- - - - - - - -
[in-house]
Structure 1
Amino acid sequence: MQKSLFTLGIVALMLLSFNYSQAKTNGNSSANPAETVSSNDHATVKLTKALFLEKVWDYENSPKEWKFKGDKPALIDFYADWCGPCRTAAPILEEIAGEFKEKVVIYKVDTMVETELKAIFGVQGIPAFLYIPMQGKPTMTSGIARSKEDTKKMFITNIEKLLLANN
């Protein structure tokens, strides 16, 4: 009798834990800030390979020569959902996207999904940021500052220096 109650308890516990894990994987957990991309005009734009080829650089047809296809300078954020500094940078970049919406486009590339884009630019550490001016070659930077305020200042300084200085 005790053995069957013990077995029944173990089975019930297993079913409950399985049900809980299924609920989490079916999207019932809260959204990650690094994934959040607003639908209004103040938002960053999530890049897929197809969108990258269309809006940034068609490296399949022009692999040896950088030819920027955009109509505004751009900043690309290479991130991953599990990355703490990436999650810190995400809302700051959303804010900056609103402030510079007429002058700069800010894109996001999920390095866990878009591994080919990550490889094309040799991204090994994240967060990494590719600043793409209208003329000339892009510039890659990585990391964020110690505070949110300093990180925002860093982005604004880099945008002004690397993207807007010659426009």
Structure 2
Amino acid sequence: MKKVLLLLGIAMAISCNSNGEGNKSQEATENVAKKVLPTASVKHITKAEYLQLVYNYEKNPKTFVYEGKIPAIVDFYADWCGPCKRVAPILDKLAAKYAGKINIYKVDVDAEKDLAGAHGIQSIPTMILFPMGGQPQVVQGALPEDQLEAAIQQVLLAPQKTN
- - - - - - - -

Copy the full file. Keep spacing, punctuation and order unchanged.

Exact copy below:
[in-house]
Structure 1
Amino acid sequence: MQKSLFTLGIVALMLLSFNYSQAKTNGNSSANPAETVSSNDHATVKLTKALFLEKVWDYENSPKEWKFKGDKPALIDFYADWCGPCRTAAPILEEIAGEFKEKVVIYKVDTMVETELKAIFGVQGIPAFLYIPMQGKPTMTSGIARSKEDTKKMFITNIEKLLLANN
């Protein structure tokens, strides 16, 4: 009798834990800030390979020569959902996207999904940021500052220096 109650308890516990894990994987957990991309005009734009080829650089047809296809300078954020500094940078970049919406486009590339884009630019550490001016070659930077305020200042300084200085 005790053995069957013990077995029944173990089975019930297993079913409950399985049900809980299924609920989490079916999207019932809260959204990650690094994934959040607003639908209004103040938002960053999530890049897929197809969108990258269309809006940034068609490296399949022009692999040896950088030819920027955009109509505004751009900043690309290479991130991953599990990355703490990436999650810190995400809302700051959303804010900056609103402030510079007429002058700069800010894109996001999920390095866990878009591994080919990550490889094309040799991204090994994240967060990494590719600043793409209208003329000339892009510039890659990585990391964020110690505070949110300093990180925002860093982005604004880099945008002004690397993207807007010659426009």
Structure 2
Amino acid sequence: MKKVLLLLGIAMAISCNSNGEGNKSQEATENVAKKVLPTASVKHITKAEYLQLVYNYEKNPKTFVYEGKIPAIVDFYADWCGPCKRVAPILDKLAAKYAGKINIYKVDVDAEKDLAGAHGIQSIPTMILFPMGGQPQVVQGALPEDQLEAAIQQVLLAPQKTN